Nvidia and Advanced Micro Devices are pushing the capabilities of their respective graphics cards as they look to capture larger shares of the growing interest in GPU accelerators in the high-performance computing space.
At the SC ’13 supercomputing show in Denver Nov. 18, Nvidia officials unveiled the Tesla K40 GPU accelerator, which the company said will offer twice the memory—at 12GB—and 40 percent the performance of its current K20X accelerators. The chip, aimed at such workloads as big data and scientific calculations, also offers 10 times the performance of systems using only CPUs, according to Nvidia officials.
Nvidia’s announcement came four days after AMD rolled out its FirePro S10000 12GB Edition graphics card, which is aimed at high-performance computing (HPC) and big data tasks and marks the vendor’s most significant push into the high-end computing field with its GPU technology.
“Our compute application customers asked for a solution that offers increased memory to support larger data sets as they create new products and services,” David Cummings, senior director and general manager of professional graphics at AMD, said in a statement. “In response, we’re announcing the AMD FirePro S10000 12GB Edition graphics card to meet that additional memory demand with support for OpenCL and high-end compute and graphics technologies.”
Both Nvidia and AMD for the past several years have been promoting GPUs as accelerators for use in high-end systems running HPC workloads. The GPUs enable OEMs to build systems that can improve performance and handle more parallel-processing workloads while also driving up the power efficiency, an increasingly critical metric in highly dense data centers.
Interest in the HPC space in GPU accelerators and coprocessors—like Intel’s x86-based Xeon Phi many-core chips—continues to gain momentum. According to the organizers of the Top500 list of the world’s fastest supercomputers, 53 systems on the list are using either GPU accelerators or coprocessors—38 of which are using Nvidia GPUs, and another two using AMD’s. Thirteen are using Xeon Phi coprocessors.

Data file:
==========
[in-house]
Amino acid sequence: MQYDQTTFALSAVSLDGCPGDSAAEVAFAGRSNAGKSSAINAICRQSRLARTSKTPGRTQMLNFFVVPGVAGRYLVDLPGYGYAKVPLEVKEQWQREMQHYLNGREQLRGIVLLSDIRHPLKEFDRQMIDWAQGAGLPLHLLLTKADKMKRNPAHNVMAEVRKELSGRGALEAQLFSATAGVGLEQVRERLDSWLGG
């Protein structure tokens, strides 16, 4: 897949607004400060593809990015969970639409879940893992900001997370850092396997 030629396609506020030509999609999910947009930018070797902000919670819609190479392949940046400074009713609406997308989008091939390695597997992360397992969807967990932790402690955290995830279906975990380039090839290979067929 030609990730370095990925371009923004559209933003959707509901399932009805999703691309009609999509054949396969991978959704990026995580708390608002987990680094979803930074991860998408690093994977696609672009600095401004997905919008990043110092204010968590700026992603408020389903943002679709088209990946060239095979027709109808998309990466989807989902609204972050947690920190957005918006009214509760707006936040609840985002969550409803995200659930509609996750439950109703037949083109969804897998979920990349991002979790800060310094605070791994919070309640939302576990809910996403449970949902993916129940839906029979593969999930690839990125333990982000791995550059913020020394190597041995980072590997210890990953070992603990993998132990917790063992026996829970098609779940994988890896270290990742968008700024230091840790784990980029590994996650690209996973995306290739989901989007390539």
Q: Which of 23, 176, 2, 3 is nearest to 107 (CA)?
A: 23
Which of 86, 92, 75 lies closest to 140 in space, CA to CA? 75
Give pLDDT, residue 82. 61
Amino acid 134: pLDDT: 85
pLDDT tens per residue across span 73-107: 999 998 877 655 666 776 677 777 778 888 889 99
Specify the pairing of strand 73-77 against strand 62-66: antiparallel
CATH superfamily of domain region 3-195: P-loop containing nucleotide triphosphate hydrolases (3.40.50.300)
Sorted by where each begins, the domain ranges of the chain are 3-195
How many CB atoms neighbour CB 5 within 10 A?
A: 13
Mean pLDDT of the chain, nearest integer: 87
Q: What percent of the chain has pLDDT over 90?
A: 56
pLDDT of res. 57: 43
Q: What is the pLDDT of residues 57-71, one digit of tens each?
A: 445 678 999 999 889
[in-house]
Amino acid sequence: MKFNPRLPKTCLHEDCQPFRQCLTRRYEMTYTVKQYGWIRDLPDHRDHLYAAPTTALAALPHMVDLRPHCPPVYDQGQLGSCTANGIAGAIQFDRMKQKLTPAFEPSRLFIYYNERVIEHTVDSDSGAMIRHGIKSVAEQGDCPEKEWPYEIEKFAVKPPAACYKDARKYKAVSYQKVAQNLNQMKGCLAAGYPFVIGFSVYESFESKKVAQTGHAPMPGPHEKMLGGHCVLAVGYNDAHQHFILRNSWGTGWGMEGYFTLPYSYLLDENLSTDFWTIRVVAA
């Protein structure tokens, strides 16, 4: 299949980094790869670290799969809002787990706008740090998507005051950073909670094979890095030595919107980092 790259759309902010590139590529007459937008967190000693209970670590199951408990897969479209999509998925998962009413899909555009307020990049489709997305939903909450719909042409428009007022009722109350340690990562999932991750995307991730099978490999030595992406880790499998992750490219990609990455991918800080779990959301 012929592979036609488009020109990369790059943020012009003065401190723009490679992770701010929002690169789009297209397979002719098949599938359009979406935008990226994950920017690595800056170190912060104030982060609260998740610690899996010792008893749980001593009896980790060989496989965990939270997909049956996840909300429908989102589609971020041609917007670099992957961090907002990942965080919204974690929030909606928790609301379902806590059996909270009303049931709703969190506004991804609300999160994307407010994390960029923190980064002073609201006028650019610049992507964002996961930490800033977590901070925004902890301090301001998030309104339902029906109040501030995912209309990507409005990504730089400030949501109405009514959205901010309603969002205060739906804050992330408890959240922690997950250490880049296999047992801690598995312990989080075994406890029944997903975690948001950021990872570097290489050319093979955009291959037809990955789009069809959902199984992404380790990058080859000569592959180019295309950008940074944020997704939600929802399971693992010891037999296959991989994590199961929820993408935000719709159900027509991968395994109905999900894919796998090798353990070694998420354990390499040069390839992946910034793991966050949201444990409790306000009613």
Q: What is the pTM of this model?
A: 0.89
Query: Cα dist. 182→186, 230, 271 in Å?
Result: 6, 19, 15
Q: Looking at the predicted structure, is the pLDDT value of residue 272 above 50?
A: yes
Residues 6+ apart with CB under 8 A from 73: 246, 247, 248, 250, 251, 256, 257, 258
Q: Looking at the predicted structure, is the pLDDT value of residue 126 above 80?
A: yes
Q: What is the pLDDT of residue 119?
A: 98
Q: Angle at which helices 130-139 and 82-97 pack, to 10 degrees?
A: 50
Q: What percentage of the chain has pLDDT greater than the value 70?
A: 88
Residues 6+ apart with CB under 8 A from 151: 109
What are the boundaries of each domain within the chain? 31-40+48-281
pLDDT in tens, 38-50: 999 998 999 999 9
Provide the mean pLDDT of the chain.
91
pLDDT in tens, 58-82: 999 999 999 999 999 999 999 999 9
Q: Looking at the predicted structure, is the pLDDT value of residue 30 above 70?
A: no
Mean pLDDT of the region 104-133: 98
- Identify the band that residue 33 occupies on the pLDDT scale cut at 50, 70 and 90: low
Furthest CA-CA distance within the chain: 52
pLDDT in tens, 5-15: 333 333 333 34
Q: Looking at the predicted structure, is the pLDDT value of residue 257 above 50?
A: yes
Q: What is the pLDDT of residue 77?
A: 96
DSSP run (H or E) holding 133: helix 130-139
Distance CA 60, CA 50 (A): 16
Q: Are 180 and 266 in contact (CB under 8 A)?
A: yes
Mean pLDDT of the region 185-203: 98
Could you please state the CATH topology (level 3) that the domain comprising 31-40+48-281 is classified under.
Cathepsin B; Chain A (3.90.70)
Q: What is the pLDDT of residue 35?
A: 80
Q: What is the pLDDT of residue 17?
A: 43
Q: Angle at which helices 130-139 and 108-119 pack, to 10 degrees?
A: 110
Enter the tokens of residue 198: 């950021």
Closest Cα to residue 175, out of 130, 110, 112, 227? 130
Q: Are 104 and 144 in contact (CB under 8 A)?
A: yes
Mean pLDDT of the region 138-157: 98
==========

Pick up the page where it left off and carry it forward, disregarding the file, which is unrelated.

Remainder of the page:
More than 240 applications can leverage GPU acceleration, according to Nvidia.
Sumit Gupta, general manager of Tesla accelerated computing products at Nvidia, said interest in GPU accelerators has been strong over the past few years.
“No one expected that kind of adoption,” Gupta told eWEEK, adding that the kinds of use cases for systems with GPU accelerators range greatly, from use on Dutch Navy warships to systems that help develop new shampoos. End users “keep coming up with cool use cases.”
Nvidia’s new K40 GPU is being embraced by a range of OEMs—such as Dell, IBM, Hewlett-Packard, Cray, SGI and Bull—that will being rolling out systems leveraging the graphics cards.
“NVIDIA’s accelerators enable our customers to realize significant improvements in processing performance,” Bill Mannel, general manager of compute at SGI, said in a statement.
Nvidia, AMD Bulk Up Their GPU Accelerators
The new GPU, based on the Kepler architecture, includes Nvidia’s GPU Boost technology, which can help businesses get more performance by leveraging power headroom, according to the company. GPU Boost can help systems become 25 to 40 percent faster, Gupta said. The chip exceeds other accelerators for both single-precision (4.29 teraflops) and double-precision (1.43 teraflops) peak floating-point performance, Nvidia officials said.
Along with the 12GB of GDDR5 memory—which enables organization to process datasets that are twice as large as those handled by 6GB memory—the K40 also includes 2,880 CUDA parallel processing cores that offer 10 times the acceleration of systems that use a CPU alone, and PCI-Express Gen-3 support, which offers twice the data movement acceleration as the PCIe Gen-2 technology.
The K40 GPUs are available now, and users can try out the accelerators for free on remotely hosted clusters at the GPU Test Drive Website.
Gupta told eWEEK that Nvidia’s background and expertise is a key differentiator from AMD, which he said is more focused on its accelerated processing units (APUs) being used in notebook and desktop PCs.
“We don’t see them in big data or HPC announcements,” he said.
AMD officials believe the company is building a strong heritage in HPC, noting that its current FireProS1000—which offers 6GB of GDDR5 memory—was used by the University of Frankfurt’s Institution of Advanced Studies in its SANAM system, which ranks in the top five on the Green500 list of the world’s most energy-efficient supercomputers powered by graphics processors.
The FirePro S10000 12GB Edition will be available in the spring of 2014. The new graphics card supports PCIe 3.0, is optimized for use with the OpenCL programming language and is based on AMD’s Graphics Core Next (GCN) architecture.
AMD officials said the new GPU is good for visualization workloads, such as finance, aeronautics and medicine; double-precisions tasks (including genetic sequencing and computational fluid dynamtics); single-precision (seismic processing, satellite imaging and video enhancement); and ultra high-end workstation jobs (oil and gas and computer-aided engineering).